Just what can an X-class solar flare do? Producing as much energy as a billion hydrogen bombs, they can wreck havoc with our satellites and power grids. Pictured here is a massive X-class solar flare recorded by NASA on Aug. 9, 2011. Luckily, it sent particles streaming in the opposite direction from Earth.

3. An X-class flare just before a coronal mass ejection

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A coronal mass ejection (CME) happens when a closed field in the outer solar atmosphere (also known as the corona) violently releases gas and magnetic fields into space. Anything that gets in the way of these CMEs is immediately cooked by a billion tons of matter moving several million miles per hour. CMEs are often associated with solar flares, but can happen on their own. When they reach our planet, we see them as auroras.

Pictured here is an X-class solar flare as observed by the Solar Dynamics Observatory on Nov. 3, 2011. NASA says radio transmissions were disrupted on Earth some 45 minutes after this flare. A few hours later, a CME burst off the backside of the sun, sending energy pouring in the direction of Venus.

4. The flares of Sunspot 1112

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Sunspot 1112 is what NASA calls a “fast-growing sunspot…crackling with solar flares.” Here, it is seen on Oct. 21, 2010 in the southern atmosphere of the sun. NASA also notes a line or filament of magnetism stretching across the sun. This line is so vast that it exceeds the distance between the Earth and the moon.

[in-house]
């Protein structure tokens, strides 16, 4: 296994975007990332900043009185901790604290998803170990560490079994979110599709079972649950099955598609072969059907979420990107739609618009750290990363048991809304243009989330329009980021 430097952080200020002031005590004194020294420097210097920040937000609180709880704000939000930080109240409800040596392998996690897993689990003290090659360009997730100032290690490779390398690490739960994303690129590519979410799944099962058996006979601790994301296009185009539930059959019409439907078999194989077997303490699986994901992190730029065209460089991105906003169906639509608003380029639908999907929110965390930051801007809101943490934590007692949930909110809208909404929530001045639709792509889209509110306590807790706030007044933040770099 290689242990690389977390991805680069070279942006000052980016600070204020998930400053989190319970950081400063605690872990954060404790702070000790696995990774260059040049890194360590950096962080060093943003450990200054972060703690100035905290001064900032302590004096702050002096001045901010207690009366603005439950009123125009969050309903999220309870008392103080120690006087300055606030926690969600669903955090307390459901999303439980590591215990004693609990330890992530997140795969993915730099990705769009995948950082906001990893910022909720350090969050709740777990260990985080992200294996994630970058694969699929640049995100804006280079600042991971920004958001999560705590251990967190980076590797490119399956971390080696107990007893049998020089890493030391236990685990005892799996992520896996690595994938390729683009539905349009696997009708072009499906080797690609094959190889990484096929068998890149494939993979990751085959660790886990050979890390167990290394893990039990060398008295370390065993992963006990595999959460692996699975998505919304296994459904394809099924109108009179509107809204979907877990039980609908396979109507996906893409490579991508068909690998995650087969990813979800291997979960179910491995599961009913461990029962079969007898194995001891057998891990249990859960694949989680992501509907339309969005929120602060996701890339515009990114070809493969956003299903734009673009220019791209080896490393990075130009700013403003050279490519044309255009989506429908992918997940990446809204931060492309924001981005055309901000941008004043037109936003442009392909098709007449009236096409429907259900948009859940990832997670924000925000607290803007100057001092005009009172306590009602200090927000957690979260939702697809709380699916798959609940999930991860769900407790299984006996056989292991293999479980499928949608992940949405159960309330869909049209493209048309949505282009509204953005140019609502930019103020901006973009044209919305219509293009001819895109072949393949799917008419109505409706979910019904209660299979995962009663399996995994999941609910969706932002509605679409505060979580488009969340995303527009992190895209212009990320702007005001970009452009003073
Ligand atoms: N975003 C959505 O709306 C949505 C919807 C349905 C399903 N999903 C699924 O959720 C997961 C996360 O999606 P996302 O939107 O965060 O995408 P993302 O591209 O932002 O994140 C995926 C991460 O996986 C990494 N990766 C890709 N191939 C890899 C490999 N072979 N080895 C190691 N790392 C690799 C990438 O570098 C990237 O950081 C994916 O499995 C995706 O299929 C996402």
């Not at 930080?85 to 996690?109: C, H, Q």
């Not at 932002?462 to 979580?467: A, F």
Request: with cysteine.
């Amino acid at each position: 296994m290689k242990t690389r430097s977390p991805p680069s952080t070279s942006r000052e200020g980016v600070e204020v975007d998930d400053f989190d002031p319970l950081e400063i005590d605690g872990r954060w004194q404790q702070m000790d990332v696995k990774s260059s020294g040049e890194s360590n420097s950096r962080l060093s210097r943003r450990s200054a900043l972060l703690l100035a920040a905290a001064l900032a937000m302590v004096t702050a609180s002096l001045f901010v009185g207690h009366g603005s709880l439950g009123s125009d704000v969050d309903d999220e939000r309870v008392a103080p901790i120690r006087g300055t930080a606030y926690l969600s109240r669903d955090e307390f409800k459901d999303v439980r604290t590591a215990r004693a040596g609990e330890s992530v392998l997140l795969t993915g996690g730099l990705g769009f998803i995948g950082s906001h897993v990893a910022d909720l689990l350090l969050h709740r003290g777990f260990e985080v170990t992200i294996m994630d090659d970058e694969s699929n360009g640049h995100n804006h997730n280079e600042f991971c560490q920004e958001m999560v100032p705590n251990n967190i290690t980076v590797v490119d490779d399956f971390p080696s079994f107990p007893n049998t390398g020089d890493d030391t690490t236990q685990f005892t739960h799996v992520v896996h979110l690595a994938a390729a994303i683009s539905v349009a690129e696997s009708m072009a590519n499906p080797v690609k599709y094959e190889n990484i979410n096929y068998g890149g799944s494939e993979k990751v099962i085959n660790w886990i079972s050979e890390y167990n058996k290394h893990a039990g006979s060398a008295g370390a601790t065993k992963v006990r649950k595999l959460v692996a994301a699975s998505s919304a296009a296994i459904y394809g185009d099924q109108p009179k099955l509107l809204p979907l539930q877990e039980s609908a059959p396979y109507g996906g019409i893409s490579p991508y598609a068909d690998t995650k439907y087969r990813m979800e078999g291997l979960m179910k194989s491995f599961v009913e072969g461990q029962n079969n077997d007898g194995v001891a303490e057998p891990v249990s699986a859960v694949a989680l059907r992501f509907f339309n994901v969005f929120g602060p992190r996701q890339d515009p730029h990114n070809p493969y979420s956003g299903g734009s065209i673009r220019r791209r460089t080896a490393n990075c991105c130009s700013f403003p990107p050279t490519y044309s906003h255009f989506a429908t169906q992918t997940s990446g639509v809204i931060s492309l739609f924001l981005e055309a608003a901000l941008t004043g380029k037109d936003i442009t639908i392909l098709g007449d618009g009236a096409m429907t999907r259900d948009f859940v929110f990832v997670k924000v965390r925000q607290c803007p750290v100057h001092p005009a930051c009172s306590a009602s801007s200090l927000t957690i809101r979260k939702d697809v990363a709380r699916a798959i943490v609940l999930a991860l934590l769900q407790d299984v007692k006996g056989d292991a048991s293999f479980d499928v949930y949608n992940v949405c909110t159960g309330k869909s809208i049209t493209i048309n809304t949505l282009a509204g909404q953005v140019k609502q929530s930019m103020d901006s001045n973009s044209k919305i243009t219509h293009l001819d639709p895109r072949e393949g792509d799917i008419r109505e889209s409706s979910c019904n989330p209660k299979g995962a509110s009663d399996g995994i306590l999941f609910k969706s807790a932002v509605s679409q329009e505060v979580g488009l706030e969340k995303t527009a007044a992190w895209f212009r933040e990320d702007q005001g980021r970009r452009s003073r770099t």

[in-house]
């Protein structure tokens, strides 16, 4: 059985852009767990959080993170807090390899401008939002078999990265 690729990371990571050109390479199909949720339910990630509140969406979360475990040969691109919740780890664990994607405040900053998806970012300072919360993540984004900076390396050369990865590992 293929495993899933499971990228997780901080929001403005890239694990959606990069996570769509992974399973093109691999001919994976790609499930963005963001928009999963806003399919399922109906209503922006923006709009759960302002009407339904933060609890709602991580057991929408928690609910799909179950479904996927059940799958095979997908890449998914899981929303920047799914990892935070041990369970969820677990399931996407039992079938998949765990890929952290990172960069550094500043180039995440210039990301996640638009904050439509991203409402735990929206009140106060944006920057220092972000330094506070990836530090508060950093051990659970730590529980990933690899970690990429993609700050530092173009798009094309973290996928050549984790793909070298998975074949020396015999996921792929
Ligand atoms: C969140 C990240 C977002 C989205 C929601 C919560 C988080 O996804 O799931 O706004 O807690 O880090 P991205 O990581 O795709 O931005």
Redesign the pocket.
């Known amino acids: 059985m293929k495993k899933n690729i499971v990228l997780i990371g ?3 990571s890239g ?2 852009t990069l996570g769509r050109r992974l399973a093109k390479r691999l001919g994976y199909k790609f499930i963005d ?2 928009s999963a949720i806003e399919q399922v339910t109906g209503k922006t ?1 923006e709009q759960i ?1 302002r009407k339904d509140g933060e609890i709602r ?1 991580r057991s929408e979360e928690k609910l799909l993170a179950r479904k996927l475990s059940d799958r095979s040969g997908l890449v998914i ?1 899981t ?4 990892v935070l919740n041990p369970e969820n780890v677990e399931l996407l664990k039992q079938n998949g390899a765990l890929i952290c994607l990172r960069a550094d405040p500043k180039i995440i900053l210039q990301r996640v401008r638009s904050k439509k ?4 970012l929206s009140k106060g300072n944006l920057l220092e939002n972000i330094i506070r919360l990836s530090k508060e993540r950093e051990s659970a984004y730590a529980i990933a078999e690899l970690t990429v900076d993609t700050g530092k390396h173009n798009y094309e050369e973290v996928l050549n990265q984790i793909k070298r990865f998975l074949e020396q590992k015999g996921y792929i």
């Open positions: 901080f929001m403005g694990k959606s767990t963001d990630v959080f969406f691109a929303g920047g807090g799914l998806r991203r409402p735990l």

All solar activity is driven by a solar magnetic field. Like most other occupants of our solar system, the sun has its own cycle. Every 11 or so years, the number of solar flares increases in what is known as a solar maximum. NASA notes that the next solar maximum will likely occur in 2013, sending flares and coronal mass ejections big and small towards the Earth.

5. Hot solar explosion

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This solar flare was observed by the X-Ray Telescope on board the Hinode spacecraft on July 7, 2007. NASA estimates that this loop is about 10 million degrees Celsius.